1. A fascinating story of the EDI technology emerging from the airlift organized to supply Berlin when the city was blockaded by the Soviet Union in 1948 is told in [50].
  2. The World Wide Web, which has brought people to the Internet, was devised by Tim Berners-Lee in 1989 as a collaborative means for the physicists working on the projects of the international research center CERN. However, it is actually the first popular Web browser, NCSA Mosaic (originally designed by Marc Andreessen, not much later a founder of Netscape) that began to bring people to the Web in the spring of 1993. That year can serve as the beginning point of the new E-commerce.
  3. To some, the Web is the embodiment of such visions as Vannevar Bush's memex, or, very far beyond that, when taken with the humanity using it in the future, Pierre Teilhard de Chardin's noosphere (a collective mind, the thinking layer of the biosphere), or Vladimir Vernadsky's ultimate holistic interactions of the spheres of existence and consciousness. The visionary statements are [10, 57, 59].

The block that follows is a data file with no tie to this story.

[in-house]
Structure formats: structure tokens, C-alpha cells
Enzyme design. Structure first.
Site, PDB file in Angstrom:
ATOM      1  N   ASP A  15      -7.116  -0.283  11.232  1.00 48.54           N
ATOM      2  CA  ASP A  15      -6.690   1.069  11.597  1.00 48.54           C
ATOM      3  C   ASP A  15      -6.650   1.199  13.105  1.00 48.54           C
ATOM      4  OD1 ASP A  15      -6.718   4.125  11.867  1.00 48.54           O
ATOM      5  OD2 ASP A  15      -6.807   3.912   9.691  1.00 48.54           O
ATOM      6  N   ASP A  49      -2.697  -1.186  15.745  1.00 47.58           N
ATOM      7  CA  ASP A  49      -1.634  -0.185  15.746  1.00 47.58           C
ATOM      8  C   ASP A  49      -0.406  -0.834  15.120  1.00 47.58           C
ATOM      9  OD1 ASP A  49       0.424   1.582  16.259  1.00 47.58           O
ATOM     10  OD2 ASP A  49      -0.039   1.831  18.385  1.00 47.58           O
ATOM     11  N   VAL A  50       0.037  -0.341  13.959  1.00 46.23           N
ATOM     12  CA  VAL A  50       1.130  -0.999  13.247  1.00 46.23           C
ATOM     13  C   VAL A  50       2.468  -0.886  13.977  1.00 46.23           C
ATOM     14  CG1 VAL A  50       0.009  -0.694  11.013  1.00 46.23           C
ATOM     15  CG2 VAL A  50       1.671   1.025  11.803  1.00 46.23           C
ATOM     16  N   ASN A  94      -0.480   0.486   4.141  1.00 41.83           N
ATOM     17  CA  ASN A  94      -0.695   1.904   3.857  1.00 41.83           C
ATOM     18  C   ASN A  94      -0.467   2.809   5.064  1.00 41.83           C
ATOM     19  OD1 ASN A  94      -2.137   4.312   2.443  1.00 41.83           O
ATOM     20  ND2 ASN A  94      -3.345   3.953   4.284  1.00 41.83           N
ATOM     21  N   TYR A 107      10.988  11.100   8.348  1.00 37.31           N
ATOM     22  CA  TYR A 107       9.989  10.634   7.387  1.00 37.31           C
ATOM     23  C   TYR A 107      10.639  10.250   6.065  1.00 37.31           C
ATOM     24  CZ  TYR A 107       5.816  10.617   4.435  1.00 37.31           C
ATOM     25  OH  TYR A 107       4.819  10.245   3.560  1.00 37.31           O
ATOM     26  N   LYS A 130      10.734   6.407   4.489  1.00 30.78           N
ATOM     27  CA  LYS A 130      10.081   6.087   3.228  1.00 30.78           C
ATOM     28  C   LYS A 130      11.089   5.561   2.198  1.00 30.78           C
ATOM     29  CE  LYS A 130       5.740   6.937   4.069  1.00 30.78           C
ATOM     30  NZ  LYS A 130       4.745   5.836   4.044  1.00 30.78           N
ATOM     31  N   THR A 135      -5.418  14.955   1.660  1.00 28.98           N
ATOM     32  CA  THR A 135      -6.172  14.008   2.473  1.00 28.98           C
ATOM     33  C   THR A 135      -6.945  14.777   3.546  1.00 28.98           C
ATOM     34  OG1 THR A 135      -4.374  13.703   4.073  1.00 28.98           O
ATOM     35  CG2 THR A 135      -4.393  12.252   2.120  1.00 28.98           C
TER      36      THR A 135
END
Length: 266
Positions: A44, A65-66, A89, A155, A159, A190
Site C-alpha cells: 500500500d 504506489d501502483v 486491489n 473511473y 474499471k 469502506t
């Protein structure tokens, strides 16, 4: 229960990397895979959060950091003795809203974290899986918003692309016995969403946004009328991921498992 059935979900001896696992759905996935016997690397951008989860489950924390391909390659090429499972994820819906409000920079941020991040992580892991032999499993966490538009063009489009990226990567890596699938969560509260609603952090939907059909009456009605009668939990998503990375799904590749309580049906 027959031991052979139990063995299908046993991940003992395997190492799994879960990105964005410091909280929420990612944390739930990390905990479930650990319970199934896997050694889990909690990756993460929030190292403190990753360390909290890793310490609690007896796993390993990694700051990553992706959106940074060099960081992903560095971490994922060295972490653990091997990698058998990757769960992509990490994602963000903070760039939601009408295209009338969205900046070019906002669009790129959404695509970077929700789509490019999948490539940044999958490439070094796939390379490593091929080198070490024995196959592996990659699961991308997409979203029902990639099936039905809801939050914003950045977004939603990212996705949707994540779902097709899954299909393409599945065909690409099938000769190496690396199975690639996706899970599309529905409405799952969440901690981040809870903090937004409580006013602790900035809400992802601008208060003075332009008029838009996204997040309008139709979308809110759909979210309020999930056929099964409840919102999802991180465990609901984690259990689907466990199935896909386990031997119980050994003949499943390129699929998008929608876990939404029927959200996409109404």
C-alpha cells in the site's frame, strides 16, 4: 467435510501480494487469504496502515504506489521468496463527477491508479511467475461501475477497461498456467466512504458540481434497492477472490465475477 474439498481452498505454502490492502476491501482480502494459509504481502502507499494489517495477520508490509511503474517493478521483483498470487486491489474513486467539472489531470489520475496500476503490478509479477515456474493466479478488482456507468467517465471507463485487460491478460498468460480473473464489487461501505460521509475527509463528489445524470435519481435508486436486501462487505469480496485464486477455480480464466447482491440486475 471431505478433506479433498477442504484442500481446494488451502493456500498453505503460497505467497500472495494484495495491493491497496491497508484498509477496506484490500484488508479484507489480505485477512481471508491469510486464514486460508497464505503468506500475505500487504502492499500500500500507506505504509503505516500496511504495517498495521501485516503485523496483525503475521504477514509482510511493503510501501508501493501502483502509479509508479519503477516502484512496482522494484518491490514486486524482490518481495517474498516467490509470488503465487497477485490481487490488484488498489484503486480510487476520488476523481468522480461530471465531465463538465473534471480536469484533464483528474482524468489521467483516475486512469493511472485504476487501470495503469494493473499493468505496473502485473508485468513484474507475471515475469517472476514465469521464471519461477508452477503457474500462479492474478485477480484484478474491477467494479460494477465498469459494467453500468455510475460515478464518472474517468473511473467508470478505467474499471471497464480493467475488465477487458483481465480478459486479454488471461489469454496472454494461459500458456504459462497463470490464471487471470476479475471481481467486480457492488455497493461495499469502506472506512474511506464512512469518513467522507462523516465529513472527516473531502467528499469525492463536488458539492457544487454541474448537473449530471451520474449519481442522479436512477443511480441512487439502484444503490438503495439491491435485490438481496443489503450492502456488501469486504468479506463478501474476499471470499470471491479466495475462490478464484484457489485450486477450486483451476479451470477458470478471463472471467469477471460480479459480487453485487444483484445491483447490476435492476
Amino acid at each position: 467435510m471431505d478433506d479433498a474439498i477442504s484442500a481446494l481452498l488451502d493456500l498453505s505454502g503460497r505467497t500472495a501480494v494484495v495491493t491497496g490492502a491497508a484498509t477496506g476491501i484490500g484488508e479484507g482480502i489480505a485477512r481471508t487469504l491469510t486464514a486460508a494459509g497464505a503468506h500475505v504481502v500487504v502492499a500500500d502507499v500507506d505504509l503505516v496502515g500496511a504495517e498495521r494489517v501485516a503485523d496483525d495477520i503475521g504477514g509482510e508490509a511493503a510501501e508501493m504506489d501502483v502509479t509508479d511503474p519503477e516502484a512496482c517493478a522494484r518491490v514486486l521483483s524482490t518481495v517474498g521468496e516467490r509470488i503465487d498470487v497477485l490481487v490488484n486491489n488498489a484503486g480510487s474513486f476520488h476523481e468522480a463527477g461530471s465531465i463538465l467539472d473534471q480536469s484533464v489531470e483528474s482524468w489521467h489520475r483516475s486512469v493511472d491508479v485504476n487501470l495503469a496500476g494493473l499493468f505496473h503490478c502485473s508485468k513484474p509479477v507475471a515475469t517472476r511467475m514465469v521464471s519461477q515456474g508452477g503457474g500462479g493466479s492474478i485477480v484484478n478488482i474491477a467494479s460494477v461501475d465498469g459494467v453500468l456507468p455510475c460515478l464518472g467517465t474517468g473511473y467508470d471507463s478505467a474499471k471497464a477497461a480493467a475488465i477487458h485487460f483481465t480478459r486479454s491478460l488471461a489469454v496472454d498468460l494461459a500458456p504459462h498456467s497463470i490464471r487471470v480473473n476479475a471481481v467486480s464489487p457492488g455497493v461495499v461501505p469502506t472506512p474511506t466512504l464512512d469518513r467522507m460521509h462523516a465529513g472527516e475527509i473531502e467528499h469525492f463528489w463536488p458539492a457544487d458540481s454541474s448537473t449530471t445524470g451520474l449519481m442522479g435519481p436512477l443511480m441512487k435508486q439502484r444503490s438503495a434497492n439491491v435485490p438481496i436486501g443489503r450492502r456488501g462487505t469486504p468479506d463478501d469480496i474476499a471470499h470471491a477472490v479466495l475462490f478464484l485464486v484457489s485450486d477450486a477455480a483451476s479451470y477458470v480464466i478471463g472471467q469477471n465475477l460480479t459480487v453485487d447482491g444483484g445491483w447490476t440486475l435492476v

4. According to John Gage, the director of the science office of Sun Microsystems: "Your E-mail flow determines whether you're really part of the organization; the mailing lists you're on say a lot about the power you have. I've been part of the Java group at Sun for four or five years. Recently, by mistake, someone removed my name from the Java E-mail list. My flow of information just stopped and I stopped being part of the organization, no matter what the org chart said. ... The best way to understand what's happening in a company is to get its alias file-the master list of all its E-mail lists" (from an interview with John Gage in [44]).
  5. In November 1995, I was queried quite extensively on the issue by the head of the central bank of one of the smaller countries of the European Union, who appeared to have been highly sensitized to the problem.